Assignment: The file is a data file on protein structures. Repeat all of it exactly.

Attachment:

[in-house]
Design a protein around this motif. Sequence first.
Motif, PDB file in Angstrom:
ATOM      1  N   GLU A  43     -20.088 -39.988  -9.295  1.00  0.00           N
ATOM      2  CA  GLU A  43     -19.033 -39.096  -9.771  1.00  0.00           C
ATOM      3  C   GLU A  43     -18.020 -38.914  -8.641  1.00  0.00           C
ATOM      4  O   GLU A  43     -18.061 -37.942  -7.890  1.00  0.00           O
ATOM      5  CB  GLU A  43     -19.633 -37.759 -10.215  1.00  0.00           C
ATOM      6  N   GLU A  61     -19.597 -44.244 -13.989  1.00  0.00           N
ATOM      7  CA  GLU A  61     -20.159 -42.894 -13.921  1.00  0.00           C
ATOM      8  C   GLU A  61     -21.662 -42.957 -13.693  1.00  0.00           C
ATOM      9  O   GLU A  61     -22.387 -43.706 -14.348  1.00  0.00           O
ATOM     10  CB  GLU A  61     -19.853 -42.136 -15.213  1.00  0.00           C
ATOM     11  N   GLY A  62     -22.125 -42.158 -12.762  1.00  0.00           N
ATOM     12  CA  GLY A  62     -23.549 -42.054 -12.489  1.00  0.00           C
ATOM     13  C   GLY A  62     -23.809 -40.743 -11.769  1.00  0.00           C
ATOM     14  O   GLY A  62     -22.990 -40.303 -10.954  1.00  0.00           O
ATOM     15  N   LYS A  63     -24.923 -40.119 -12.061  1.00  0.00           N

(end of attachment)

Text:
[in-house]
Design a protein around this motif. Sequence first.
Motif, PDB file in Angstrom:
ATOM      1  N   GLU A  43     -20.088 -39.988  -9.295  1.00  0.00           N
ATOM      2  CA  GLU A  43     -19.033 -39.096  -9.771  1.00  0.00           C
ATOM      3  C   GLU A  43     -18.020 -38.914  -8.641  1.00  0.00           C
ATOM      4  O   GLU A  43     -18.061 -37.942  -7.890  1.00  0.00           O
ATOM      5  CB  GLU A  43     -19.633 -37.759 -10.215  1.00  0.00           C
ATOM      6  N   GLU A  61     -19.597 -44.244 -13.989  1.00  0.00           N
ATOM      7  CA  GLU A  61     -20.159 -42.894 -13.921  1.00  0.00           C
ATOM      8  C   GLU A  61     -21.662 -42.957 -13.693  1.00  0.00           C
ATOM      9  O   GLU A  61     -22.387 -43.706 -14.348  1.00  0.00           O
ATOM     10  CB  GLU A  61     -19.853 -42.136 -15.213  1.00  0.00           C
ATOM     11  N   GLY A  62     -22.125 -42.158 -12.762  1.00  0.00           N
ATOM     12  CA  GLY A  62     -23.549 -42.054 -12.489  1.00  0.00           C
ATOM     13  C   GLY A  62     -23.809 -40.743 -11.769  1.00  0.00           C
ATOM     14  O   GLY A  62     -22.990 -40.303 -10.954  1.00  0.00           O
ATOM     15  N   LYS A  63     -24.923 -40.119 -12.061  1.00  0.00           N